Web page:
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Advice from a former Big Leaguer – Greg Litton

Jon Gregory Litton is a former infielder-outfielder in Major League Baseball drafted by the San Francisco Giants in the 1st round (10th pick) of the 1984 amateur draft. He played for the San Francisco Giants (1989-1992), Seattle Mariners (1993), and Boston Red Sox (1994).

Litton was a versatile utility man. The positions he played most often were second base, the outfield, and third base. He also played shortstop, first base, and catcher, and even made one appearance as a pitcher. His personal high for playing time was during the 1990 season, when he was in 93 games and made 220 plate appearances.

1. What was it like playing in the big leagues?
It was a dream come true. It was literally like living out a dream. It was fun, challenging, frustrating and exciting all at the same time.

2. What was it like playing in the minors?
Confusing would be a good word. Every level creates it’s own challenges and they were very different. From dealing with more talented team-mates and opponents to the mental challenges that grew the closer I got to the Major Leagues. Which I think was the toughest, but it was also a blast.

3.What were some major obstacles that you experienced during the course of your
career?

Dealing with a different team attitude at every level was probably one of the hardest things. Playing as a team made it easier but the higher you go, the less team it becomes and selfish players trying to get themselves to the big leagues.

4.What do you think separates average players from great players more? Physical ability or Mental / Emotional ability.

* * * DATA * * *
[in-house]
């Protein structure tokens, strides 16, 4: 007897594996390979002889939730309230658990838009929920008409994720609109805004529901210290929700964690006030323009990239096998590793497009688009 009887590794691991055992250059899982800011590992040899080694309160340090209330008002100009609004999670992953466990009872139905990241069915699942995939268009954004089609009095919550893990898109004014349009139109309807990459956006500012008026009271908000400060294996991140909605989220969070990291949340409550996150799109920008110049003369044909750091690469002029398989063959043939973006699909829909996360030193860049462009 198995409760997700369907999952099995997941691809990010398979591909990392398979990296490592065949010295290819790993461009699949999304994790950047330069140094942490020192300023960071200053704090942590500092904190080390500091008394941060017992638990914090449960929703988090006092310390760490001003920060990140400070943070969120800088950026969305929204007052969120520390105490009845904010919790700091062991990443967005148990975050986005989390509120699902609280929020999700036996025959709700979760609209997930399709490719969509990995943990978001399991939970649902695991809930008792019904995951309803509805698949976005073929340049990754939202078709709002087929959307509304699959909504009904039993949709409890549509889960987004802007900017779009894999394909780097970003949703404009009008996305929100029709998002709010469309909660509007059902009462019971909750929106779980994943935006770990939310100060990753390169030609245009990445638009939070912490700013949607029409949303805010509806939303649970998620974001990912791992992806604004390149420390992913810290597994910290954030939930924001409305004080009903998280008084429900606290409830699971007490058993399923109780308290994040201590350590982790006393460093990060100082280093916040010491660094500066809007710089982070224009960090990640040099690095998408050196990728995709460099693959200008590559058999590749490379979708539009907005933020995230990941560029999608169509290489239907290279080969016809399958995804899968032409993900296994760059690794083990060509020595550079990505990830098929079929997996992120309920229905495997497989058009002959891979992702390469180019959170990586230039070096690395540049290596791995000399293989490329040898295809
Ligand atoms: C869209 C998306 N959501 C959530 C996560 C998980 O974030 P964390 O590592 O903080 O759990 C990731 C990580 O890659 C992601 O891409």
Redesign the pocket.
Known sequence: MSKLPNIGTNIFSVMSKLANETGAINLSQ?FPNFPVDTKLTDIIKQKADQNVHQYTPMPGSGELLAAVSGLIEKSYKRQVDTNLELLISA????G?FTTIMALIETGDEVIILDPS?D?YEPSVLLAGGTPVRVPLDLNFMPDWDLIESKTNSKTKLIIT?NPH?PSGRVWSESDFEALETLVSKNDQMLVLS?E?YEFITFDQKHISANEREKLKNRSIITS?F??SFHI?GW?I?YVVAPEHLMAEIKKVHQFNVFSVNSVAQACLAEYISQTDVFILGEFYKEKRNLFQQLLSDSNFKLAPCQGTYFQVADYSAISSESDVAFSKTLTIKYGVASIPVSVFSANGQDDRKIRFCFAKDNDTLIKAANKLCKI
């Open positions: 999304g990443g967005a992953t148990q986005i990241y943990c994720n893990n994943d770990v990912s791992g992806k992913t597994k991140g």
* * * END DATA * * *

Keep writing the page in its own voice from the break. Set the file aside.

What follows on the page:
With out a doubt it is Mental ability and toughness. Only a handful of players had enough ability to overcome the mental aspect of baseball, all the rest there was not enough difference in talent so it became the one that wanted it the most or worked the hardest.

5.Do you think there is a limit to a baseball players potential?
Maybe, but the longer you play, the better you get so I don’t believe anybody ever reaches his limit.

6. What was the greatest lessons you learned playing baseball, and think every
player should understand?

That baseball is the greatest sport because it allows someone like me (moderately talented) to compete at the highest level against much more physically talented players because baseball is much more mental then the other sports.

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Failure in baseball part II

Baseball is a game of failure.

If your having trouble with failure, watch this for some useful perspective!

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Choosing the best stride

 

Having the correct stride is very similar to getting your hands back. Both are necessary movements to starting your swing. If not done correctly, you may find yourself not being able to handle certain pitches.
A common debate for many teachers of hitting has been about what to do with the lead leg when beginning to transfer your weight. Should you have a leg kick, toe tap, simple stride, post stride, or a leg lift that simply comes up then down?  Like every other mechanical attribute, a hitters front leg movement depends on the type of hitter he is and what he is capable of. Each style has their benefits and their handicaps.

Leg kick

An example of an effective leg kick would be Hanley Ramirez. His power comes from shifting his weight s
lightly back thus allowing his lead leg to lift. As his weight shifts back to his center of gravity he has cultivated momentum which will allow his hands to be pulled through the zone while using his core for torque. This movement creates UNBELIEVABLE power but the problem is that most hitters heads will move too much during the stride thus disabling the hitters optic nerve to receive the information (pitch) accurately enough to make the correct adjustments and react accordingly. The more
the head moves the less you see. So if you have a leg kick, your head moves back but after the weight shift it has to come back to where it was in the beginning stance or a few inches forward. A little head movement won’t hurt, but a lot will. I wouldn’t recommend this for younger hitters because their legs haven’t developed enough for the necessary leg strength and balance.